The news isn’t all bad. Less-educated workers may not have the opportunities they once had in places such as California and New York, but they can still raise their real incomes, factoring in housing costs, by migrating to states like Nevada, Florida and Texas. “Places that didn’t have this increase in regulation still have the old process that worked,” Shoag says, “where people move to the richer areas, human capital levels converge, incomes converge -- the whole chain that used to exist for the whole country is still true if you focus just on the areas that haven’t had as large an increase in regulation.”
As I have argued elsewhere, there are two competing models of successful American cities. One encourages a growing population, fosters a middle-class, family-centered lifestyle, and liberally permits new housing. It used to be the norm nationally, and it still predominates in the South and Southwest. The other favors long-term residents, attracts highly productive, work-driven people, focuses on aesthetic amenities, and makes it difficult to build. It prevails on the West Coast, in the Northeast and in picturesque cities such as Boulder, Colorado and Santa Fe, New Mexico. The first model spurs income convergence, the second spurs economic segregation. Both create cities that people find desirable to live in, but they attract different sorts of residents.
This segregation has social and political consequences, as it shapes perceptions -- and misperceptions -- of one’s fellow citizens and “normal” American life. It also has direct and indirect economic effects. “It’s a definite productivity loss,” Shoag says. “If there weren’t restrictions and you could build everywhere, it would be productive for people to move. You do make more as a waiter in LA than you do in Ohio. Preventing people from having that opportunity to move to these high-income places, making it so expensive to live there, is a loss.” That’s true not only for less-educated workers but for lower earners of all sorts, including the artists and writers who traditionally made places like New York, Los Angeles and Santa Fe cultural centers.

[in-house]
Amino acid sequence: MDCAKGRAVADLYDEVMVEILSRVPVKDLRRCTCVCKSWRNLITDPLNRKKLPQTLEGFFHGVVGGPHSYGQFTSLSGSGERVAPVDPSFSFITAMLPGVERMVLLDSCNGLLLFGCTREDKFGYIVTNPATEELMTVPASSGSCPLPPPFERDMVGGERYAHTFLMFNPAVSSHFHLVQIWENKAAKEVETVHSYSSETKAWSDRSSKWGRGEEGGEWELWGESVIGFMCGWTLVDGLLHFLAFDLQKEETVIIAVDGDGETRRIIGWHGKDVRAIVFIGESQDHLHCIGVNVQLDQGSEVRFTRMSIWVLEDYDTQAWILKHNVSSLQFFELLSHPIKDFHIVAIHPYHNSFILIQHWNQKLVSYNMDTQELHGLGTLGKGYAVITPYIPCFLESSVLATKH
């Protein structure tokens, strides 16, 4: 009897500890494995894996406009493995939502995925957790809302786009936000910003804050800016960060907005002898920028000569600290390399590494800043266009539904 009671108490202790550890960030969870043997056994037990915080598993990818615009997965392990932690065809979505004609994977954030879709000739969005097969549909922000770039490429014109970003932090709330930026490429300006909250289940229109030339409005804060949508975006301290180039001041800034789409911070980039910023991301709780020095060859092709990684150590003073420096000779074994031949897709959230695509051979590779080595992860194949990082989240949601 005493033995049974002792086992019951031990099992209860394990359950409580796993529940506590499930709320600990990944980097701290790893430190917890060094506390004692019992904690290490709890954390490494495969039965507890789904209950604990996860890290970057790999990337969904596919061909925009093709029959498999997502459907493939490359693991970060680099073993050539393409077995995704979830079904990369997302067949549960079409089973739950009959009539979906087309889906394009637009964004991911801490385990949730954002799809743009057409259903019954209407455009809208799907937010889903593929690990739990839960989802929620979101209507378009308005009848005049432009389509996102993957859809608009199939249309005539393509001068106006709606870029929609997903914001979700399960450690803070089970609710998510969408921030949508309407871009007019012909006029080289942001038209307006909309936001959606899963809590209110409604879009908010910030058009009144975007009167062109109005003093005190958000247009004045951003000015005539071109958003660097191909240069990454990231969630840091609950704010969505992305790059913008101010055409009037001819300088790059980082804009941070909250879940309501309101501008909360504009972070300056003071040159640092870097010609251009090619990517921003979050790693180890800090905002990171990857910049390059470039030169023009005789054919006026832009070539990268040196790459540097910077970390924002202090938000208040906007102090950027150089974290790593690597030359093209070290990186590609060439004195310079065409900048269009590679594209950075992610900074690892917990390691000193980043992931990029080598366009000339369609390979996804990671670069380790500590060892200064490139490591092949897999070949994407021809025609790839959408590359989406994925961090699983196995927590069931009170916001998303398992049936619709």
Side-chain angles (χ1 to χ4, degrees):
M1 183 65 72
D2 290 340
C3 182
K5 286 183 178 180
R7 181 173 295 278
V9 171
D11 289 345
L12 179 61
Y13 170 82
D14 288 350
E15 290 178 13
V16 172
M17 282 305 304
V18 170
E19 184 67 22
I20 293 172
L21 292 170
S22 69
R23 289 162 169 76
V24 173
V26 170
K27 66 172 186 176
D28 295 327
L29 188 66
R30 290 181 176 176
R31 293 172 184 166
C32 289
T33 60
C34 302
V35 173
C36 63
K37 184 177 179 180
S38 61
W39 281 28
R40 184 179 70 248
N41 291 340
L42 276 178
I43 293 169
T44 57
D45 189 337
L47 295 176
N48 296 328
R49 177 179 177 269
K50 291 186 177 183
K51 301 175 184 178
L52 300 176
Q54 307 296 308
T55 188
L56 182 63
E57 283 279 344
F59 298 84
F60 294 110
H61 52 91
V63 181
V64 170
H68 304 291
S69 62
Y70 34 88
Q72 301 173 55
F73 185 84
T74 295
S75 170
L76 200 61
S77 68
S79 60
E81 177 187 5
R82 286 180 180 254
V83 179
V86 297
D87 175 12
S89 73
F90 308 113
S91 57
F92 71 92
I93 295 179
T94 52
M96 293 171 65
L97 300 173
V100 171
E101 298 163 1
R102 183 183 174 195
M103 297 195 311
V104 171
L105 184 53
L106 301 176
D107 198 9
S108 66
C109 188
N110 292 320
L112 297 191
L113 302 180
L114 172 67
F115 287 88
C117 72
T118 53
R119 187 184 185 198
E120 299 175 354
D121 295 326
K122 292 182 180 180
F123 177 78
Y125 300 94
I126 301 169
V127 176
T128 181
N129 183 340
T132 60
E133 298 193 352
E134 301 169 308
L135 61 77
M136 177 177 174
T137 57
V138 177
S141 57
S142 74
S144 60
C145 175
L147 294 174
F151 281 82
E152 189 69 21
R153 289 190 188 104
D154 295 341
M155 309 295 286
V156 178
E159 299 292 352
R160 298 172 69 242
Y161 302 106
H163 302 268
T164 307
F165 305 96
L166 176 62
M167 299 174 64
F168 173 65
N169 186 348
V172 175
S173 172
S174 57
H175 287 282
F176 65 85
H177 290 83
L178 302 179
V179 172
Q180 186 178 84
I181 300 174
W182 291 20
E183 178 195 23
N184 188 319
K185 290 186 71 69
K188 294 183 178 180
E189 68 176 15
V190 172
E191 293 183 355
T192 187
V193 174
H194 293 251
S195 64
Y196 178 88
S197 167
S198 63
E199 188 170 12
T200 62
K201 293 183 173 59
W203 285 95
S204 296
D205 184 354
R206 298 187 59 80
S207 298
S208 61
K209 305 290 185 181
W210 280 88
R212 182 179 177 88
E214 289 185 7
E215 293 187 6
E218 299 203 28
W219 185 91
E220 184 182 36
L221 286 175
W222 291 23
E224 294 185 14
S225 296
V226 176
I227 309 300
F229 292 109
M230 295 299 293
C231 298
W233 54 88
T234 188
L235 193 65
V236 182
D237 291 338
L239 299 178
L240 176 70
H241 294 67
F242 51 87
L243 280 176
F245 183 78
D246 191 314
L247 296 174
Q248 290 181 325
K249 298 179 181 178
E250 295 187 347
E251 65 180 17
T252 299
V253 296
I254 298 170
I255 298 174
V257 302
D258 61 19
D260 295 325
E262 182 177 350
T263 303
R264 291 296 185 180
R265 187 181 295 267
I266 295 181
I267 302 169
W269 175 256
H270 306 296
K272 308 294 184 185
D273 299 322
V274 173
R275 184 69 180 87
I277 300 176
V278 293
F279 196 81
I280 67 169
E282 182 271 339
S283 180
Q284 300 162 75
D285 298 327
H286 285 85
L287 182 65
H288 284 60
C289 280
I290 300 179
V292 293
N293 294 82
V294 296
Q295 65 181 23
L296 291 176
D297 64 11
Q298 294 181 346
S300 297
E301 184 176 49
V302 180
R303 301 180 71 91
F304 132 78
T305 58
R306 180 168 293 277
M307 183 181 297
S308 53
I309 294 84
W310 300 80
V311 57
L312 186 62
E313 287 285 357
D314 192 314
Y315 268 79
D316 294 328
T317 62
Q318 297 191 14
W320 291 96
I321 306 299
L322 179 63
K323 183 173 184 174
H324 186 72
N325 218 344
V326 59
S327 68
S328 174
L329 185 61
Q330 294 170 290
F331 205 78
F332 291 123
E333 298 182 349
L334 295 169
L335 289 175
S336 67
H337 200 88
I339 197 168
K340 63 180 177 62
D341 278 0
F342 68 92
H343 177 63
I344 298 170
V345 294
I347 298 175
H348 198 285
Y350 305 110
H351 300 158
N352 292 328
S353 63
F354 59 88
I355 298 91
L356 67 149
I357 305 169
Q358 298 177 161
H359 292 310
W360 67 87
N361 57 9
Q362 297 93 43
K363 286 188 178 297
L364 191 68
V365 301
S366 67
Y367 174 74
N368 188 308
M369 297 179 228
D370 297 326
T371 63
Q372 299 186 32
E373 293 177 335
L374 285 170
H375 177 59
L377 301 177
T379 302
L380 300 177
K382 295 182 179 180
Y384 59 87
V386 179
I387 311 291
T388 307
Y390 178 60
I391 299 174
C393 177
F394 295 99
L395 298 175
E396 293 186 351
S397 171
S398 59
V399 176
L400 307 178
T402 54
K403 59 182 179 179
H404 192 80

In their paper, Shoag and Ganong don’t look at why high-income states tightened their regulations, thereby increasing segregation by education level. One possible explanation is that as people get richer and cities get more crowded, the tradeoffs between cheaper housing for newcomers and a pleasant (or at least stable) environment for current residents look different. When postwar developers were turning California orange orchards into suburbs, residents focused on the new houses rather than the lost landscape. Now opposition to new construction is not only common but institutionalized. Well-organized residents fear losing the amenities that attracted them in the first place.
Another consideration is the difference between housing as consumption -- a nice place to live -- and housing as an investment, promising high returns over time. Making it hard to build new housing in a place people want to live drives up the price of the existing housing stock. Old-timers reap capital gains. Regulation, Shoag notes, “takes what should be the gain for the worker who wants to move in and turns it into the gain for the owner of the house.”
Finally, there’s the never-mentioned possibility: that the best-educated, most-affluent, most politically influential Americans like this result. They may wring their hands over inequality, but in everyday life they see segregation as a feature, not a bug. It keeps out fat people with bad taste. Paul Krugman may wax nostalgic about a childhood spent in the suburbs where plumbers and middle managers lived side by side. But I doubt that many of his fervent fans would really want to live there. If so, they might try Texas.
(Virginia Postrel is a Bloomberg View columnist. She is the author of “The Future and Its Enemies” and “The Substance of Style,” and is writing a book on glamour. The opinions expressed are her own.)